U.S. Pressure on Israel? You’ve got to be kidding. The idea that the Obama administration will bring pressure on Israel to make moves on the peace process as the region deteriorates, IS beheads Americans and kills thousands, and Hamas advocates Israel’s destruction is laughable. Forget the approaching midterms and Obama’s risk-averse persona, or the million other things the president has to do. At a time when America needs allies, it’s hard to imagine that it will pick a fight with Israel over settlement activity or anything else. The Iran deal on the nuclear issue will happen (or not) by November. And whatever capital it has, the Obama administration will save to persuade the Israelis to accept the deal or to restrain them from bombing Iran. It may be politically incorrect to admit it, but the behavior of certain Arab actors — IS/Hamas/Assad — constitutes the most effective talking points for making a pro-Israeli case and for constraining the administration from pressuring Israeli Prime Minister Benjamin Netanyahu. With al-Nusra up on the Golan and IS on the march in Iraq, pressing Israel on withdrawal will be a tough sell, particularly if the Iran issue heads south.
Changing Arab priorities: IS has also reframed Arab state priorities, particularly on the part of Saudi Arabia, the UAE, Egypt, and Jordan as well as created some measure of common cause with Israel. That doesn’t mean the Arab states are about to open regional Netanyahu fan clubs or that the Palestinian issue is no longer salient. But the wall of silence that met the death and destruction in Gaza is stunning. The Arab states have been betraying the Arab cause for years. But the lack of support and criticism does reflect changing priorities. Simply put, key Arab states regard Hamas and the forces of Sunni jihadism as a greater and more immediate threat than they do Israel. And the budding Israeli-Egyptian relationship reflects that fact. All of this will invariably decrease the pressure on Israel and the United States to push the peace issue.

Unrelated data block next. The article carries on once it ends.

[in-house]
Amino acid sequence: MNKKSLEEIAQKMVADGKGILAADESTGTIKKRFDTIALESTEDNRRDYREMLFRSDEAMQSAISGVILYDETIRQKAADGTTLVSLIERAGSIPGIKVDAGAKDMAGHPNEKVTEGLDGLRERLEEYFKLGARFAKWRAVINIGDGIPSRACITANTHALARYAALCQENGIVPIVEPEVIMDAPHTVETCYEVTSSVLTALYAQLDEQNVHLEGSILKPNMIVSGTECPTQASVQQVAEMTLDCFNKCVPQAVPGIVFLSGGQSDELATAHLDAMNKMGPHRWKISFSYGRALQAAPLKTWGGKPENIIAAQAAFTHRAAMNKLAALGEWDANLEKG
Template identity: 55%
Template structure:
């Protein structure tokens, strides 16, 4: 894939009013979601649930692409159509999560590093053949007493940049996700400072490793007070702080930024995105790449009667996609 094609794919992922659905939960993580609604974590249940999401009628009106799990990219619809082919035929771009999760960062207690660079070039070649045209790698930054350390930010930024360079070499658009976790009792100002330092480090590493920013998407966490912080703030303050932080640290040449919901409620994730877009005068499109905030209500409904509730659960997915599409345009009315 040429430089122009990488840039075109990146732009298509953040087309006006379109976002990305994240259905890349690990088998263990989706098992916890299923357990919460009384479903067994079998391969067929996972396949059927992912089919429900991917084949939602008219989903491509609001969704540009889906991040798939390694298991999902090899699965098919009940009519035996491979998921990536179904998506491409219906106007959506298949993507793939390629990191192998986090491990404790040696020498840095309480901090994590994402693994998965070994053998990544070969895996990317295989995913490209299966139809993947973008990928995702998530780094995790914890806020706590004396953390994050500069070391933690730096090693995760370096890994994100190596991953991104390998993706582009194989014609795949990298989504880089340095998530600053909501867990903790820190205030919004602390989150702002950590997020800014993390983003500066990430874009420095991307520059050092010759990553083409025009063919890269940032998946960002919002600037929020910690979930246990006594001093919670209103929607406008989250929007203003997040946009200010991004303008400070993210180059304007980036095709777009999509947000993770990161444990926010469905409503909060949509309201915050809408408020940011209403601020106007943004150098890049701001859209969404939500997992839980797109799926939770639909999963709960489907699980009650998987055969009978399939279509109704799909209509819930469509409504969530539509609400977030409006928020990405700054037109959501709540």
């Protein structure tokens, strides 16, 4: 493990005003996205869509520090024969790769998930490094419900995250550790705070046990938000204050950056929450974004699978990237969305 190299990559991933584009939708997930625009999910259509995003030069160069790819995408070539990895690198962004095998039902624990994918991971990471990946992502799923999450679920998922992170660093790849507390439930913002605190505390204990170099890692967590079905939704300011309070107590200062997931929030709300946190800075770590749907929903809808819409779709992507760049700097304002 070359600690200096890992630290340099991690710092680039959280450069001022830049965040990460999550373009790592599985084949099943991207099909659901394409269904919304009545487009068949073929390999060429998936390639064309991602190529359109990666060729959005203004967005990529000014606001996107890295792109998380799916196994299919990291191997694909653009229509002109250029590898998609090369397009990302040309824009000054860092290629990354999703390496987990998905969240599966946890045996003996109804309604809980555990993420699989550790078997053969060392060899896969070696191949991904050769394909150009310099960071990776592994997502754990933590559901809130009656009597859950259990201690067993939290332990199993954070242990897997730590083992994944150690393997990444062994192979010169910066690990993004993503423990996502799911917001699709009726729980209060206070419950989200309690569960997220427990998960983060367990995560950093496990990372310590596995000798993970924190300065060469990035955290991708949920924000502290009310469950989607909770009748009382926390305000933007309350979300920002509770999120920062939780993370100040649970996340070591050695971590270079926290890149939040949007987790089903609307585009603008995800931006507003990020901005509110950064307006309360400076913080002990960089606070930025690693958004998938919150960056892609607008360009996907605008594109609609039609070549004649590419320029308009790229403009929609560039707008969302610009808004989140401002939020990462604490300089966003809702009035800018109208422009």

It would be nice to believe that the IS crisis would reframe the region and put Israelis, Arabs, and Americans on the same page, and create the imperative that one part (however marginal) of a campaign to defuse the Sunni extremist threat would be to solve the Palestinian issue. And that everyone would embrace the Arab peace initiative and live happily ever after. I, for one, certainly don’t want to give up on that. And Netanyahu’s coy references to articulating a new political horizon means to me that he’d like to cook up something with the Arab states.
But back on planet earth, a different set of laws of political gravity are more likely to apply. Already on life support, a two-state solution is likely to be made more difficult by the distraction, diversion, and preoccupation that the rise of IS carries. Fear will replace hope; caution will edge out risk-readiness, and waiting rather than acting may well carry the day. The two-state solution was in deep trouble before IS came stalking out of Syria into Iraq, but the reality is that this new, savage kid on the block is going to further complicate that enterprise. And those who will suffer the most, of course, will be the Palestinians. It is a testament to the order of things that in the middle of the Gaza crisis with death and destruction abounding, it was the little known Yazidis being killed by IS that got more attention from the international community than the long suffering Palestinians. Such is the nature of the cruel and cold winds now blowing through the region.